Phillip Deloria: Civil War is reduced to friendly rivalry vernacular creativity flourishes in the aesthetic realm is fan culture. Turns out new ideas.
00:50:43.080 --> 00:50:55.140
Phillip Deloria: Sports teams have it easy. Really, which is why the resistance to change it so frustrated that resistance, the refusal to adopt names and symbols that unified, which is not that hard.
00:50:55.980 --> 00:51:16.380
Phillip Deloria: Marks the recalcitrant team as a negation of what is socially possible a misuse of the trust and commitment of its fans a mobilization of powerful asset couches commemoration which is crystallized not as service to community, but as an incitement to small Civil War, who has it hard.
00:51:17.940 --> 00:51:28.440
Phillip Deloria: The keepers of the individual commemorative monuments that have aged into historical ones, perhaps, where the temporality and historicity now refuses alignment with those of the past.
00:51:29.340 --> 00:51:34.560
Phillip Deloria: When we realized that the tongue of Roosevelt is not our time. The James Earl Frazier's time is not our time.
00:51:35.040 --> 00:51:44.010
Phillip Deloria: That these things are not part of a smooth continuous history that leads to the now we're thrown out of joint and into an ontological and epistemological crisis.
00:51:44.760 --> 00:51:55.110
Phillip Deloria: Multiple temporality shifting values shaky memories new histories, as opposed to figures of stability commemorative markers turn out to be deeply unstable. What is the week.
00:51:55.680 --> 00:52:07.320
Phillip Deloria: How did it come to be. So how do we know how can we trust what we think. How can we reduce the responsible to those multiple paths, who got left out. Is there salvage or repair to be had.
00:52:08.370 --> 00:52:13.770
Phillip Deloria: How can we be a positive force in our community rather than an occasion for small civil wars.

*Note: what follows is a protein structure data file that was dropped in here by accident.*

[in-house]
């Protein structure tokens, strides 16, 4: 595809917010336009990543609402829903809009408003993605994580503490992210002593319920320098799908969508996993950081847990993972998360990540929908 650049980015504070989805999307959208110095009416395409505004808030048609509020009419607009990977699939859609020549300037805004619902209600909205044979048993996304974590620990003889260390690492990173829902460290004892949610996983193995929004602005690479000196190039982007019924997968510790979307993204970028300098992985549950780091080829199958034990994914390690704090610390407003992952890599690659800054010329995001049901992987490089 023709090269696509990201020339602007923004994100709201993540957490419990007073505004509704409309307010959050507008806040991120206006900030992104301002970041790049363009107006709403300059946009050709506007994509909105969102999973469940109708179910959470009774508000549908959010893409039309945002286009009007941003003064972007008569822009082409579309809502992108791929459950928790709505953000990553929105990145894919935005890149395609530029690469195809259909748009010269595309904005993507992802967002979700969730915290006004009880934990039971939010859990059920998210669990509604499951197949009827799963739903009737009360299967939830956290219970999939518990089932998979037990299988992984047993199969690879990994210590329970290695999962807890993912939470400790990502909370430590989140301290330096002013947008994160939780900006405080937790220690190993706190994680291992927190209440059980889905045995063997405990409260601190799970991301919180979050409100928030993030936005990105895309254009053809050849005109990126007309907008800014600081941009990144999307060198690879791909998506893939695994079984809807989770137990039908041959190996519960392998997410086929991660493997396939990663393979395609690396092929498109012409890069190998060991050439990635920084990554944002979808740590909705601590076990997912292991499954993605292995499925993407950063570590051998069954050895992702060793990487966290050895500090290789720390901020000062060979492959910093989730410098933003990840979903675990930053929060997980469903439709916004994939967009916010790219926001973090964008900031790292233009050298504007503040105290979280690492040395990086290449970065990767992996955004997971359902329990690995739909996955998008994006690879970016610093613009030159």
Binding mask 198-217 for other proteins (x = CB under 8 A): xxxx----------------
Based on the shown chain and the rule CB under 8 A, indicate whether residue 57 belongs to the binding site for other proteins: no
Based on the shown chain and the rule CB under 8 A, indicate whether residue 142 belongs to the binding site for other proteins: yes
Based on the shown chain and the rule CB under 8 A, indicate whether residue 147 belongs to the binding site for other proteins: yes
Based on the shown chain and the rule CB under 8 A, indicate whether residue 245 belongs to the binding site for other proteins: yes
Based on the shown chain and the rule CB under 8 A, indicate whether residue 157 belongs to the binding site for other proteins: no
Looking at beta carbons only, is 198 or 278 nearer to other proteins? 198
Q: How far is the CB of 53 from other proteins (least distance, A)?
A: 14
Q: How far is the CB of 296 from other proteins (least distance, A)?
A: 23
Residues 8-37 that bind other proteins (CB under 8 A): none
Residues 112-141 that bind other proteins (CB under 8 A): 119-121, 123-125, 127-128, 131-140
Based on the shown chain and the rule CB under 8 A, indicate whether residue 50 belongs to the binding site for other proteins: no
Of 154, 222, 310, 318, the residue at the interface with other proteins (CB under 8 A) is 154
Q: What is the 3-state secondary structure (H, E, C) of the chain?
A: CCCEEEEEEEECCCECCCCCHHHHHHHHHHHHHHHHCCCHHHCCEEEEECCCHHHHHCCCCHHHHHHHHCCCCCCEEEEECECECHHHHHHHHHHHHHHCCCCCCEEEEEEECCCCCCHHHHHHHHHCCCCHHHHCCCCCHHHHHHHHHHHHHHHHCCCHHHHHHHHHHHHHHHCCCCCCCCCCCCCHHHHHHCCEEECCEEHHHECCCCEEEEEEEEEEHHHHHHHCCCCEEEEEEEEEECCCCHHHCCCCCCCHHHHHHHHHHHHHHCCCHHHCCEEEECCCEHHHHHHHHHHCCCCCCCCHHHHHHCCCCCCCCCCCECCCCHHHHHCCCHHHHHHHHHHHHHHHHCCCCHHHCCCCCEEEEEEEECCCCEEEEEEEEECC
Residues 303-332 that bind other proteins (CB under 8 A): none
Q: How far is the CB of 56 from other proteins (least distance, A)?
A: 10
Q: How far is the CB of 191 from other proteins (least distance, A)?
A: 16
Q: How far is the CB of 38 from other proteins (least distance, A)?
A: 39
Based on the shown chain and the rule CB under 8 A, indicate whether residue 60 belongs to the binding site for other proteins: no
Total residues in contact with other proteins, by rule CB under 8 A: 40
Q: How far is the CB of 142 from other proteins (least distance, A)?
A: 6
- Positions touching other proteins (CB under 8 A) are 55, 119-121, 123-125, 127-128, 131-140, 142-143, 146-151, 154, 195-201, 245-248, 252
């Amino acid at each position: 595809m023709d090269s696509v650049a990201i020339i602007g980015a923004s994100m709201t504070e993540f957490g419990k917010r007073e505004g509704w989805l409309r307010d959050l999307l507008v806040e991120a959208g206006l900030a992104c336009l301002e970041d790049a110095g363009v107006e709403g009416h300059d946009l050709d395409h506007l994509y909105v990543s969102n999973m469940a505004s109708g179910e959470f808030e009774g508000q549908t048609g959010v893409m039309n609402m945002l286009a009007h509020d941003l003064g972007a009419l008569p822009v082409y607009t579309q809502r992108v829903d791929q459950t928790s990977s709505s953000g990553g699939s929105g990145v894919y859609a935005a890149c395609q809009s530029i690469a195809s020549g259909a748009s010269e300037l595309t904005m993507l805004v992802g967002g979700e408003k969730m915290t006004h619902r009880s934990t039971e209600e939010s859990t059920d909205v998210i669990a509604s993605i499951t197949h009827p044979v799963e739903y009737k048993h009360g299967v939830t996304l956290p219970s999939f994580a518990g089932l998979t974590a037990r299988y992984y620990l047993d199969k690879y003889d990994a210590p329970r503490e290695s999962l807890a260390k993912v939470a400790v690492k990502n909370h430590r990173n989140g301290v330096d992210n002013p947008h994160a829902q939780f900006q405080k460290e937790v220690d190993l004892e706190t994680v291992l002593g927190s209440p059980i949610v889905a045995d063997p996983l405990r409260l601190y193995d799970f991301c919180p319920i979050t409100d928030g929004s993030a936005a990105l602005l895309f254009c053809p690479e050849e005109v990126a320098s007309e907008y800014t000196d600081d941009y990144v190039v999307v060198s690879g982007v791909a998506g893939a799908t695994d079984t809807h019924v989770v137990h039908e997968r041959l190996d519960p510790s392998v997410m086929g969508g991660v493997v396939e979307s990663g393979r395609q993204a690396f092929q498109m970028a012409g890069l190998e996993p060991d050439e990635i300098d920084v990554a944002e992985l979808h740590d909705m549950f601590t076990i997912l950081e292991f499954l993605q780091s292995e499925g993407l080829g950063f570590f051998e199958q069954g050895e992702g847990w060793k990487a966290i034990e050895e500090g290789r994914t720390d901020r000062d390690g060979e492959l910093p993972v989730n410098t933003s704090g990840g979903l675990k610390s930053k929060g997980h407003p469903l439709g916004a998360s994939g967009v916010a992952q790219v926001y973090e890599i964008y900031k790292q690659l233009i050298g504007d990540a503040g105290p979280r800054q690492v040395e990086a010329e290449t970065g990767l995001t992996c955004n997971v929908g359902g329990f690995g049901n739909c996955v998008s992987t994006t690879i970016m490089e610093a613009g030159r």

00:52:15.420 --> 00:52:24.270
Phillip Deloria: I've been reading Joseph Carter's piece on iconoclast and because I find myself serving on not one, but two committees contemplating these questions in the context of Harvard
00:52:24.870 --> 00:52:29.220
Phillip Deloria: A physical space they can easily put one into temporal and emotional disarray.
00:52:30.090 --> 00:52:36.960
Phillip Deloria: Because all reviewers pals did right through town Washington did sleep here American higher education change to that we don't often remember that part.
00:52:37.410 --> 00:52:45.120
Phillip Deloria: The whole place is either commemorative or historical aesthetic or monumental in that it combines them all. So no one's tearing down the john Harvard statue.
00:52:46.050 --> 00:52:57.600
Phillip Deloria: But what about all those names on the buildings. What about all that art on the wall. The bus in the faculty room, the giant picture of Teddy Roosevelt. And until recently, looking over your shoulder when you were giving a talk and the Thompson room with the Barclays Center.
00:52:59.100 --> 00:53:05.130
Phillip Deloria: Are tasked to date has been to read a surprising number of reports from similar committees that other universities.
00:53:05.640 --> 00:53:19.200
Phillip Deloria: Most are quite pragmatic establishing balancing tests and centering educational mission is the root for various criteria, taken together, though, one can see too philosophical pads unfolding and they will not surprise you.
00:53:20.760 --> 00:53:29.160
Phillip Deloria: The first rest on a conservative philosophy and I say this is the best traditional, conservative is the past matters, the bar for change should be set high
00:53:29.550 --> 00:53:40.950
Phillip Deloria: Commemoration matters, the criteria for rethinking should set your first on the moment of a life or an event and the moment that produced the marker, the statute, the building name.
00:53:41.700 --> 00:53:46.050
Phillip Deloria: So discussions are going to start with Roosevelt and Frazier and then turn to the present in the future.
00:53:47.040 --> 00:53:58.110
Phillip Deloria: The second adopt the philosophy of change the temporality is of the present and the future matter and there is brewed should have you found an adaptation responsiveness service to the new
00:53:58.920 --> 00:54:07.590
Phillip Deloria: Discussions are going to start with the experiences of students in that problematically named door. Think about Yale's Calvin College, for instance. Now, Grace Hopper.